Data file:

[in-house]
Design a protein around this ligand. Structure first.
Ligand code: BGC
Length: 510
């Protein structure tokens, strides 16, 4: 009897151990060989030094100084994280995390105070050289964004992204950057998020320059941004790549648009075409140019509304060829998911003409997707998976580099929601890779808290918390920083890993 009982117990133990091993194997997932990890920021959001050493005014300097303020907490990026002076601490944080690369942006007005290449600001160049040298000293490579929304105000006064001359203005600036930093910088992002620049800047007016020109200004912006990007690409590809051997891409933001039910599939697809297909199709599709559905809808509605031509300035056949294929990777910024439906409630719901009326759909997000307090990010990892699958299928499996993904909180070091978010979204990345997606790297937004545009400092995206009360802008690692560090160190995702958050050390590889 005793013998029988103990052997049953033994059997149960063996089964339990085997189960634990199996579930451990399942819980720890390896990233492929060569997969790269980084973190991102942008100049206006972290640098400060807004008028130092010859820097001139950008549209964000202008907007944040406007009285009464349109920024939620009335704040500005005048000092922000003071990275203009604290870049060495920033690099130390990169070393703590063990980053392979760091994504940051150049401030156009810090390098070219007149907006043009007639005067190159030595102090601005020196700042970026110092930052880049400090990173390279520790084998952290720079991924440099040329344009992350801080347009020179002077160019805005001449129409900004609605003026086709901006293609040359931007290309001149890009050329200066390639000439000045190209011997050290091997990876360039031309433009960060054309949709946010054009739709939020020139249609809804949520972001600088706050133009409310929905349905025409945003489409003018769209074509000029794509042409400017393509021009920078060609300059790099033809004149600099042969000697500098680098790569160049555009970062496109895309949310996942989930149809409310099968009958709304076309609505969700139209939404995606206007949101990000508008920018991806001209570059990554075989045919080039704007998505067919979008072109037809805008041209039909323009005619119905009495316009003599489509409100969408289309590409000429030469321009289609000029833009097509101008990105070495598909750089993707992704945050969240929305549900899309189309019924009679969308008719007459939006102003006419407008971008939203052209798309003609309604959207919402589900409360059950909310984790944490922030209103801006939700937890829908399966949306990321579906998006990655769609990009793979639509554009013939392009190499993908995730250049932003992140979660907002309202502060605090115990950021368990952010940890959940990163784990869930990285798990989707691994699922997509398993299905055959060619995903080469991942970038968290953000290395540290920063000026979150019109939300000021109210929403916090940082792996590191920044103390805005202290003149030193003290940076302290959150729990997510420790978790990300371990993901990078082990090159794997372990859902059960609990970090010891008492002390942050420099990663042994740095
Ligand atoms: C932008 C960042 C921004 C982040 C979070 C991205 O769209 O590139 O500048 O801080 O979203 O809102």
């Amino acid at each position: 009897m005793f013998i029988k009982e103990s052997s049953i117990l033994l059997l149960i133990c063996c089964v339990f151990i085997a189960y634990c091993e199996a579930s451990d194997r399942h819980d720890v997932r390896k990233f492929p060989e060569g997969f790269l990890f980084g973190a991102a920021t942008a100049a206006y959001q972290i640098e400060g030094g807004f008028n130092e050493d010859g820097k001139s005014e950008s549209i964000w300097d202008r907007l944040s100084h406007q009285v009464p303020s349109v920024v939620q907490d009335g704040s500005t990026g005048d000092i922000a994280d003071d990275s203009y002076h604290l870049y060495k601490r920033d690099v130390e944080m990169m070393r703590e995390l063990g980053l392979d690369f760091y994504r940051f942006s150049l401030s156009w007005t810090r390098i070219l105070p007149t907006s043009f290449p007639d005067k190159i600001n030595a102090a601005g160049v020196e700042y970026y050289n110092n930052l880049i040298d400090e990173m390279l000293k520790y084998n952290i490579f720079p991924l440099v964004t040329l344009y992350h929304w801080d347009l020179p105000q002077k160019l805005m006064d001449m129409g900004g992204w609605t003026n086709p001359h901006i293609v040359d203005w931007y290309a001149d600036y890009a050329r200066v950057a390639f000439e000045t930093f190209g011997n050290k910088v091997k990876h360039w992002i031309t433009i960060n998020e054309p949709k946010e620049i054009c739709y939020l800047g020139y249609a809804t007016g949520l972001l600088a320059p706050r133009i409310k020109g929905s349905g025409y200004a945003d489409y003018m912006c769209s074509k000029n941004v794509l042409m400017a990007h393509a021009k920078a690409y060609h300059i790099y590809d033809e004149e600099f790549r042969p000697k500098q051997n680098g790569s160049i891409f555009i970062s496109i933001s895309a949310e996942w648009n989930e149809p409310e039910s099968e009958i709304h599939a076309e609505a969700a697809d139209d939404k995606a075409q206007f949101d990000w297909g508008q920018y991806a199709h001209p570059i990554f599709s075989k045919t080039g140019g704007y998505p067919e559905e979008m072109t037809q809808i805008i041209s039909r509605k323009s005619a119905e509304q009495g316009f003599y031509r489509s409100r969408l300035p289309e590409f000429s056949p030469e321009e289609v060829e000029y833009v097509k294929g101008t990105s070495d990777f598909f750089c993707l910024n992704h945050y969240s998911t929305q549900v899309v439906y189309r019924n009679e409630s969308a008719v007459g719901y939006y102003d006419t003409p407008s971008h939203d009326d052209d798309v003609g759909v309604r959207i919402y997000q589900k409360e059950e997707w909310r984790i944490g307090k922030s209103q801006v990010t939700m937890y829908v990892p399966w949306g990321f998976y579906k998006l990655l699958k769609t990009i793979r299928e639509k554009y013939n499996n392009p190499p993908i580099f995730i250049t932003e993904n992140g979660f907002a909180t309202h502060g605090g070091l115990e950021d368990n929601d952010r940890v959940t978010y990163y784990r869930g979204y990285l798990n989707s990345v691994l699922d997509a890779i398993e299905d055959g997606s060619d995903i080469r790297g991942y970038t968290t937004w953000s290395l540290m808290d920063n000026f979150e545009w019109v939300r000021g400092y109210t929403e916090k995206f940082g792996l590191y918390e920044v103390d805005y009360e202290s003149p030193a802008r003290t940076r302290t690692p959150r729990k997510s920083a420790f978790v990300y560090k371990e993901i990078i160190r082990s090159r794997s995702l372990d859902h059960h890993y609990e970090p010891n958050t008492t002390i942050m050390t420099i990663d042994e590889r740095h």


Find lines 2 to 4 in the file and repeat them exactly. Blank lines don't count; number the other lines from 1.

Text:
Design a protein around this ligand. Structure first.
Ligand code: BGC
Length: 510